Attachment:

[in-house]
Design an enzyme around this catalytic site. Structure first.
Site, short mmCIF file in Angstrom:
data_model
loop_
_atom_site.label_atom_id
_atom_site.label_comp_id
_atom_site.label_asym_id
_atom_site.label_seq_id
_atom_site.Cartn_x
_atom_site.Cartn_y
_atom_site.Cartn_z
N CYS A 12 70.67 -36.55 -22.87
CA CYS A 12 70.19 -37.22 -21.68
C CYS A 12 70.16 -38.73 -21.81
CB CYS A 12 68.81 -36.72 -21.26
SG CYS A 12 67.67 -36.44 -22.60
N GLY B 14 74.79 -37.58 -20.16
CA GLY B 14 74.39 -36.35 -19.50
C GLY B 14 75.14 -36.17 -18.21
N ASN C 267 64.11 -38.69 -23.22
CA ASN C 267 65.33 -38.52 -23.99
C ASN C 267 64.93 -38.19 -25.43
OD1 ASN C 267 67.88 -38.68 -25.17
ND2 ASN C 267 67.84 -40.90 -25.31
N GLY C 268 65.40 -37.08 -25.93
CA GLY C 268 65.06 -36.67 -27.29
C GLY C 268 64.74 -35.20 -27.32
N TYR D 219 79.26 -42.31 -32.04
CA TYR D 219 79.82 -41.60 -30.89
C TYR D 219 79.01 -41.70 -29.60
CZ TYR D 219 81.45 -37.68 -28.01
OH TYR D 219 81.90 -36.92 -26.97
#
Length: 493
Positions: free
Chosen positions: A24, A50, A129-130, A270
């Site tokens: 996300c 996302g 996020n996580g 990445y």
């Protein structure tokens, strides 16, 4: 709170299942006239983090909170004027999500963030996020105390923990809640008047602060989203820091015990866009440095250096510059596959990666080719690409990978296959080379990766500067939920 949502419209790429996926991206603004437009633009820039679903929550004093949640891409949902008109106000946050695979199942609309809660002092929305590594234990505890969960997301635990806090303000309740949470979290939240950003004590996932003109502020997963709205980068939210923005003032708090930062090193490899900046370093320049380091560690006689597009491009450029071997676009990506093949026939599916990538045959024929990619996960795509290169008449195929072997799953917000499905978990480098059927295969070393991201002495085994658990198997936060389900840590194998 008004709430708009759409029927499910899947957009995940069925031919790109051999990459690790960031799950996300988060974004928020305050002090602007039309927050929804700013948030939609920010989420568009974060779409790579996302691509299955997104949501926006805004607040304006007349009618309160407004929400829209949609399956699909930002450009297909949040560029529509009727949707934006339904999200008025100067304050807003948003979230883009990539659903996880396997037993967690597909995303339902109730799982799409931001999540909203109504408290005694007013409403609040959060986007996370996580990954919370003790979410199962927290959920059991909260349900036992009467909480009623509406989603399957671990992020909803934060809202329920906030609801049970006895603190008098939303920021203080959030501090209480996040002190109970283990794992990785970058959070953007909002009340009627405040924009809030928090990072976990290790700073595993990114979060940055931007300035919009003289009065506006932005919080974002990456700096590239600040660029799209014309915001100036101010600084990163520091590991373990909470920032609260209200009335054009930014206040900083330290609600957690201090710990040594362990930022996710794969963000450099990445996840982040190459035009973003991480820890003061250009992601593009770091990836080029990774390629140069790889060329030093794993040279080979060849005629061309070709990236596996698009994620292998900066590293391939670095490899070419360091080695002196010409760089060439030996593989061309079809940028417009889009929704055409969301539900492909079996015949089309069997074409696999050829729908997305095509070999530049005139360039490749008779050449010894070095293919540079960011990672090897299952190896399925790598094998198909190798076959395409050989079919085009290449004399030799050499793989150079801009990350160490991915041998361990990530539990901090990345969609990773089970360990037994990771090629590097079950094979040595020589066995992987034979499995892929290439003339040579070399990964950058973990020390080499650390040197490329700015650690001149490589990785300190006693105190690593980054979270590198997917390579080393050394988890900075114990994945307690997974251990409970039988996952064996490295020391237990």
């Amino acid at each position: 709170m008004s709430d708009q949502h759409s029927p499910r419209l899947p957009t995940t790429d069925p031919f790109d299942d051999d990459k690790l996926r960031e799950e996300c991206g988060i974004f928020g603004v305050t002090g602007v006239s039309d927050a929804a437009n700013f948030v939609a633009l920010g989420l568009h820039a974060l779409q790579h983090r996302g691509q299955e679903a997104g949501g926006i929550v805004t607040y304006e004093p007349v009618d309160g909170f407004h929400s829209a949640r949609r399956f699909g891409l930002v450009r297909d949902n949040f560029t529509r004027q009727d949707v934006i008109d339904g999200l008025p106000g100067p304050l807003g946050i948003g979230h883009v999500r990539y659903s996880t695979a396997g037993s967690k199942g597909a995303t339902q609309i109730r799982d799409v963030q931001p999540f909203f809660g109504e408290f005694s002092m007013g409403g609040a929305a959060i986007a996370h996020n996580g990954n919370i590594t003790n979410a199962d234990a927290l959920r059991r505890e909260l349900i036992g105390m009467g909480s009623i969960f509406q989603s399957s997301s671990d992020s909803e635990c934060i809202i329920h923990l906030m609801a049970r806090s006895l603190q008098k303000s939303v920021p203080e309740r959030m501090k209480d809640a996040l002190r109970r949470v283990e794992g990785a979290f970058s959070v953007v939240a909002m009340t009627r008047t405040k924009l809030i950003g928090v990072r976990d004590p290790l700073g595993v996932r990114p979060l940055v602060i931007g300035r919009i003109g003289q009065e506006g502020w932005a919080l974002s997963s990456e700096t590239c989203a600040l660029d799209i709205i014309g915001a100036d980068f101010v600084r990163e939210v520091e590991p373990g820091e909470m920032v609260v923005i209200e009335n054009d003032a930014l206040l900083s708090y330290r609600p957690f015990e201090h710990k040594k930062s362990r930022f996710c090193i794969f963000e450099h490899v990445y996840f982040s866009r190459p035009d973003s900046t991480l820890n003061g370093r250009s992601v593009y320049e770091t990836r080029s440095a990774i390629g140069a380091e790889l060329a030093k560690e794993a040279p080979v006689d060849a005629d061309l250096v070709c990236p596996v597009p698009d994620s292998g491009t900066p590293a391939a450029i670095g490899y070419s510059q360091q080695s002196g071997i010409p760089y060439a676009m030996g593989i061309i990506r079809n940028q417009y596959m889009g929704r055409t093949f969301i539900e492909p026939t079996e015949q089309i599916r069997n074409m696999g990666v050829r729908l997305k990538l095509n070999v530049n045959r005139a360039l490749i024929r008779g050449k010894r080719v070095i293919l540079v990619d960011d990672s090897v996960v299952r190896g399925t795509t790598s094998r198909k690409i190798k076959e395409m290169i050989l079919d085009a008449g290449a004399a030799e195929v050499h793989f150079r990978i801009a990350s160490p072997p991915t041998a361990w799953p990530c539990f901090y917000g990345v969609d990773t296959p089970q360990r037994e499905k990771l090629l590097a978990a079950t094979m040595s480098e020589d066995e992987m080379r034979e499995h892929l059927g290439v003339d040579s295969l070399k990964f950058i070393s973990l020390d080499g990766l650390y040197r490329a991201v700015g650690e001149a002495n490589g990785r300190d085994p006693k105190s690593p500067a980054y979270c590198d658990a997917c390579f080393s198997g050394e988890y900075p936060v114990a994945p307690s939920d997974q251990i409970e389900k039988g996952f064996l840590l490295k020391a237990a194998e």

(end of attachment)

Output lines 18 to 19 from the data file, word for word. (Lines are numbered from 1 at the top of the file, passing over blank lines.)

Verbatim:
N GLY B 14 74.79 -37.58 -20.16
CA GLY B 14 74.39 -36.35 -19.50